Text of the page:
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Short-Run Effects of Fiscal Policy With Forward-Looking Financial Markets

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  • Elmendorf, Douglas W.
  • Reifschneider, David L.

Abstract

We explore the short-run effects of fiscal policy using simulations of an empirical, rational-expectations, open-economy macromodel developed at the Federal Reserve Board. Based on this model, we find that tax cuts and spending increases generally stimulate economic activity in the short run, contrary to the extreme view that forward-looking financial markets more than offset the direct expansionary impulse of those actions. However, the magnitude of the stimulus is greatly attenuated by the financial-market feedback. For example, a sustained cut in personal income taxes raises output by less than the amount of the tax cut itself, and it likely reduces output (relative to baseline) in the first several years if phased in gradually over time. Our results also show that the estimated stimulus imparted by fiscal policy is sensitive to reasonable variation in the model’s parameters.

Suggested Citation

  • Elmendorf, Douglas W. & Reifschneider, David L., 2002. "Short-Run Effects of Fiscal Policy With Forward-Looking Financial Markets," National Tax Journal, National Tax Association, vol. 55(3), pages 357-386, September.
  • Handle: RePEc:ntj:journl:v:55:y:2002:i:3:p:357-86
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    References listed on IDEAS

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    1. Feldstein, Martin & Horioka, Charles, 1980. "Domestic Saving and International Capital Flows," Economic Journal, Royal Economic Society, vol. 90(358), pages 314-329, June.
    2. Shapiro, Matthew D & Slemrod, Joel, 1995. "Consumer Response to the Timing of Income: Evidence from a Change in Tax Withholding," American Economic Review, American Economic Association, vol. 85(1), pages 274-283, March.
    3. Christopher D. Carroll, 2001. "A Theory of the Consumption Function, with and without Liquidity Constraints," Journal of Economic Perspectives, American Economic Association, vol. 15(3), pages 23-45, Summer.
    4. Alberto Alesina & Roberto Perotti, 1997. "Fiscal Adjustments in OECD Countries: Composition and Macroeconomic Effects," IMF Staff Papers, Palgrave Macmillan, vol. 44(2), pages 210-248, June.
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    Cited by:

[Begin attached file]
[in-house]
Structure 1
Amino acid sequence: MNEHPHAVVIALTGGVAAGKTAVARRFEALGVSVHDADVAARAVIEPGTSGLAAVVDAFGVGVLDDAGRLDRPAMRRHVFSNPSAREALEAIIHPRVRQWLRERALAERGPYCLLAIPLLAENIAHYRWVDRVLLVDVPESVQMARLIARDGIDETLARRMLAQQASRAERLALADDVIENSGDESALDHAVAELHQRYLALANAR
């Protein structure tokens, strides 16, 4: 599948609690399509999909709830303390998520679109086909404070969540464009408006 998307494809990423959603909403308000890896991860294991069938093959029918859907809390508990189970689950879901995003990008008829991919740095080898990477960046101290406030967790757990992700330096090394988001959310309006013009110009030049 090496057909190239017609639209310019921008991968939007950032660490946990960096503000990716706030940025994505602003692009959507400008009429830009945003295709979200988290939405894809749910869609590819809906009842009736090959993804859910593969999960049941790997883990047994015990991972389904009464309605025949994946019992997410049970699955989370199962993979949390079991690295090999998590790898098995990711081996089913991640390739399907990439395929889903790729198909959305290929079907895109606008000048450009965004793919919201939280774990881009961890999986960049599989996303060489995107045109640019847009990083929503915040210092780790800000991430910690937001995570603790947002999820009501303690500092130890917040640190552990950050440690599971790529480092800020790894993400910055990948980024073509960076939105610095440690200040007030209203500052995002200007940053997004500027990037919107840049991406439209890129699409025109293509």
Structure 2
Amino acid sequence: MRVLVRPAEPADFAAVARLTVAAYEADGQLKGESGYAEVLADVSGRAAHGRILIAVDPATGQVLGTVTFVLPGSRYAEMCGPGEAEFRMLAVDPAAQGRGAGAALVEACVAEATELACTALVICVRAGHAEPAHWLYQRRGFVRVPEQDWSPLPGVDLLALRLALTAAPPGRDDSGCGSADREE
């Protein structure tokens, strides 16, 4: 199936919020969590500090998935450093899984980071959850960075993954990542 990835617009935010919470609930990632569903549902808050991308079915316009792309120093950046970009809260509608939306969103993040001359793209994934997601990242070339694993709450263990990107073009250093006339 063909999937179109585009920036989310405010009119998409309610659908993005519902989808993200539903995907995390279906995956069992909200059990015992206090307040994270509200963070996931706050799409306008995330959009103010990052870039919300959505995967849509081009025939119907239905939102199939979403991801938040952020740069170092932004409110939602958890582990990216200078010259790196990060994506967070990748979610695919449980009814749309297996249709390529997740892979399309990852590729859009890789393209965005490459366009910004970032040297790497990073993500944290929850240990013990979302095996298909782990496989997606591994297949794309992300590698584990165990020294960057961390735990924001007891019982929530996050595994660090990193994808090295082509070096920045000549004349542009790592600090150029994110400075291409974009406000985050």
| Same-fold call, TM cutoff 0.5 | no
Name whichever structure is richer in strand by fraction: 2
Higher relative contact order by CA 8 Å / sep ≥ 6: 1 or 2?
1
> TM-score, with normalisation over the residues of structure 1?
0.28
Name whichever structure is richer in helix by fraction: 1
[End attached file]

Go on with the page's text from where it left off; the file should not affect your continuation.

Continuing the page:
1. Afonso, António & Martins, Manuel M.F., 2012. "Level, slope, curvature of the sovereign yield curve, and fiscal behaviour," Journal of Banking & Finance, Elsevier, vol. 36(6), pages 1789-1807.
    2. Antonio Spilimbergo & Steve Symansky & Olivier Blanchard & Carlo Cottarelli, 2009. "Fiscal Policy For The Crisis," CESifo Forum, Ifo Institute - Leibniz Institute for Economic Research at the University of Munich, vol. 10(2), pages 26-32, July.
    3. Diego E. Vacaflores, 2013. "Monetary Transfers in the U.S.: How Efficient Are Tax Rebates?," Economies, MDPI, Open Access Journal, vol. 1(3), pages 1-23, November.
    4. Edge, Rochelle M. & Rudd, Jeremy B., 2011. "General-equilibrium effects of investment tax incentives," Journal of Monetary Economics, Elsevier, vol. 58(6), pages 564-577.
    5. Benjamin M. Friedman, 2005. "Deficits and Debt in the Short and Long Run," NBER Working Papers 11630, National Bureau of Economic Research, Inc.
    6. Martin Feldstein, 2002. "The Role for Discretionary Fiscal Policy in a Low Interest Rate Environment," NBER Working Papers 9203, National Bureau of Economic Research, Inc.
    7. David L. Reifschneider & John M. Roberts, 2005. "Expectations formation and the effectiveness of strategies for limiting the consequences of the zero bound on interest rates," Finance and Economics Discussion Series 2005-70, Board of Governors of the Federal Reserve System (U.S.).
    8. William Gale & Peter Orszag, 2005. "Economic Effects of Making the 2001 and 2003 Tax Cuts Permanent," International Tax and Public Finance, Springer;International Institute of Public Finance, vol. 12(2), pages 193-232, March.

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